The University of Nottingham (UoN) was recognised at the Times Higher Education Awards 2015 on 26th November, winning the ‘Outstanding Support for Career Researchers’ award.
The Times Higher Education Awards website states that the ‘Outstanding Support for Career Researchers’ award is given to the institution that has “developed the most innovative or exemplary scheme to enhance and develop the transferable and careers skills of postgraduate and postdoctoral researchers”.
UoN faced competition from the Universities of Aberdeen, Edinburgh, Manchester, and Surrey, and De Montford University for the award.
The Times Higher Education judges stated the University of Nottingham provided “real value to doctoral researchers across all disciplines and to businesses”.
“Researchers were praised as being ‘highly skilled professionals'”
The University of Nottingham’s win also celebrates the postgraduate placement programme, which allows research students to gain experience with over 100 local employers through projects including marketing, consultancy, product research and customer profiling.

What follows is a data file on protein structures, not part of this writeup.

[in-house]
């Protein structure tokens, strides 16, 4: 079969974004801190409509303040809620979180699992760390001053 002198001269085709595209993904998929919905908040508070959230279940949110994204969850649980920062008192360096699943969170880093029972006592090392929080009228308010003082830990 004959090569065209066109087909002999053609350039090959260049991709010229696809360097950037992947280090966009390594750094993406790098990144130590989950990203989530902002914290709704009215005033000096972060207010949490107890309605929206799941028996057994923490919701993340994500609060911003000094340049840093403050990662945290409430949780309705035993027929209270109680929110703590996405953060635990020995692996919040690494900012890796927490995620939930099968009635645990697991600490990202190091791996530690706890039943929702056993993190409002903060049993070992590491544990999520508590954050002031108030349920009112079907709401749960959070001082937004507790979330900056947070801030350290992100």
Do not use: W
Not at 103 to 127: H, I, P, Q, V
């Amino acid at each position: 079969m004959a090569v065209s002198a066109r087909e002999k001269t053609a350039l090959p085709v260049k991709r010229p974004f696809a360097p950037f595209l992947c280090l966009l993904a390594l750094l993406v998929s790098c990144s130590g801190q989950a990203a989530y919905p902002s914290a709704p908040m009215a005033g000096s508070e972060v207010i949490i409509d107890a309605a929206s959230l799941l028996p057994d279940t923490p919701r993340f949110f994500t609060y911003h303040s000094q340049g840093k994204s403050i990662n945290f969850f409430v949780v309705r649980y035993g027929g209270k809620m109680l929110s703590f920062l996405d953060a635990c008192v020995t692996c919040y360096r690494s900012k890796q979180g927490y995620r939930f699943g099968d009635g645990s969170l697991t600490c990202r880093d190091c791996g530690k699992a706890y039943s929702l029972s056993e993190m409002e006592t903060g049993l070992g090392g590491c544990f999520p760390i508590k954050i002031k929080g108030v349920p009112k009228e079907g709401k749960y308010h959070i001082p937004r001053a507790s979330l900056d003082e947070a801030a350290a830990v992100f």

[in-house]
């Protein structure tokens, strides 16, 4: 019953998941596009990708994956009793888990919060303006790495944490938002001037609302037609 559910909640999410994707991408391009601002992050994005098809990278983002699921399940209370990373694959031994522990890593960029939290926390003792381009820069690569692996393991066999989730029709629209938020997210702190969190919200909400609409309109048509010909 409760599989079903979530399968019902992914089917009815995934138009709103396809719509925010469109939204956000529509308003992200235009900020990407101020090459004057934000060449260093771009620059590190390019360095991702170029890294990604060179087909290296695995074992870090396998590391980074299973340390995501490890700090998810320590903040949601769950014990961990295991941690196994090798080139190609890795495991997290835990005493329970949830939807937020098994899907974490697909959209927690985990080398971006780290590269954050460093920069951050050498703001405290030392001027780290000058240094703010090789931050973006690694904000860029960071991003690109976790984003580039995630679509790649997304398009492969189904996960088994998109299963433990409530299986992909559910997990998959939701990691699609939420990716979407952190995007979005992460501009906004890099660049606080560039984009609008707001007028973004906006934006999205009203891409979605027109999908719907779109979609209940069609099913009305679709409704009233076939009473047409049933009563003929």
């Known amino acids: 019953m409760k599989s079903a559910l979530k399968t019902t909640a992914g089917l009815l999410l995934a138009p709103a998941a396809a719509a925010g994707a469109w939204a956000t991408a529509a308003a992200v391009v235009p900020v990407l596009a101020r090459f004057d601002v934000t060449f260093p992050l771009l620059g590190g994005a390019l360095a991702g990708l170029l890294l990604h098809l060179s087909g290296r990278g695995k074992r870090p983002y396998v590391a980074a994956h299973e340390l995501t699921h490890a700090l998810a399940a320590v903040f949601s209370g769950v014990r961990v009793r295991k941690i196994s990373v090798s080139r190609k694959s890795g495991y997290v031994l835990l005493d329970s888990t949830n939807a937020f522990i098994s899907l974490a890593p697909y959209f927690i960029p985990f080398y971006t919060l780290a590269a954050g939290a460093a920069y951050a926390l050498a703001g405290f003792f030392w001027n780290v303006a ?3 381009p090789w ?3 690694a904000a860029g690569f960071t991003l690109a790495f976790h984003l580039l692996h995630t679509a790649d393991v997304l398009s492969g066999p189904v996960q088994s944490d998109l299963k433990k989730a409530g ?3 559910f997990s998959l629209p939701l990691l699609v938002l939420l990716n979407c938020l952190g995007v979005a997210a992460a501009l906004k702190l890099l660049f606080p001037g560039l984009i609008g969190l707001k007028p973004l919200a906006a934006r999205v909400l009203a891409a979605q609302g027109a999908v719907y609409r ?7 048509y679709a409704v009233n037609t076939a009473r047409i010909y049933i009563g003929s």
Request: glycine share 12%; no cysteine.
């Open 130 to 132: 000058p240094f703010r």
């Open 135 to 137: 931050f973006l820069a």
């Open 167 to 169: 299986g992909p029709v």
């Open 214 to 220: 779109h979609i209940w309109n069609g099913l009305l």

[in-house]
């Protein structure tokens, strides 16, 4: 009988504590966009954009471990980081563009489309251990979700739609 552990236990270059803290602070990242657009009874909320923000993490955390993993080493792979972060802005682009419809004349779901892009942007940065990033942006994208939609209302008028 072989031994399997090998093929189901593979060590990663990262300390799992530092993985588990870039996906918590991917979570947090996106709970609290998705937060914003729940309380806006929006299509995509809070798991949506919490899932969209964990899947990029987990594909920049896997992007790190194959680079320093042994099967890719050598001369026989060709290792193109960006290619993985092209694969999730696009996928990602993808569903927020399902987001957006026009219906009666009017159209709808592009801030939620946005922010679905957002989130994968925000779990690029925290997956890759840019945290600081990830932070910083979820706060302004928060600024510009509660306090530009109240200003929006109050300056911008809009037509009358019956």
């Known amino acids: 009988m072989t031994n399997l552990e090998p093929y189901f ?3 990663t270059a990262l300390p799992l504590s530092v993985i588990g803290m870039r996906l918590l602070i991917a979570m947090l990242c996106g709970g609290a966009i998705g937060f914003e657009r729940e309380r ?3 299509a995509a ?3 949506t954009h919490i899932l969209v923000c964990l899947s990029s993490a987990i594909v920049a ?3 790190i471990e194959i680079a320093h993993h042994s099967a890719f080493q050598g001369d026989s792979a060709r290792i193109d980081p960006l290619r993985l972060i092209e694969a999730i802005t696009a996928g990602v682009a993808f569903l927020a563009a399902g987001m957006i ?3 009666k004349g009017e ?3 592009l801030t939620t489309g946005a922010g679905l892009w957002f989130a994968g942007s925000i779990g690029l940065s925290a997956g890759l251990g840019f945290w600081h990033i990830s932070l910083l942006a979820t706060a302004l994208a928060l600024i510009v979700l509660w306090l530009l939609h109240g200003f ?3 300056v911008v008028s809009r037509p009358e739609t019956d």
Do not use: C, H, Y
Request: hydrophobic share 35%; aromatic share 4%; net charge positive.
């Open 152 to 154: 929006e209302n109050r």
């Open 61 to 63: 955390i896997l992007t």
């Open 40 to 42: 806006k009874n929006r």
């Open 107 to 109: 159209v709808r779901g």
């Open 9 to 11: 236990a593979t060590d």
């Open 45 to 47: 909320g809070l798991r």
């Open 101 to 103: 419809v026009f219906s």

Over 200 research students have benefited from the scheme, taking part in activities designed to develop researchers’ skills and problem solving abilities in a way that is beneficial to both themselves and local employers.
Researchers who took part in the programme were praised as being “highly skilled professionals who can be competitive in job markets beyond academia”.
“The support networks reach out to all sorts of career paths, not just research, and that needs to be commended too”
Second year English student, Louise Baker, said: “I think it’s great that UoN has been recognised for all the support it gives, but the support networks reach out to all sorts of career paths, not just research, and that needs to be commended too”.
The University was also shortlisted for three further awards: Entrepreneurial University of the Year, Outstanding Contribution to Leadership Development and Outstanding Employer Engagement Initiative, and was acknowledged for leading work in other areas.
Image: University of Nottingham via Twitter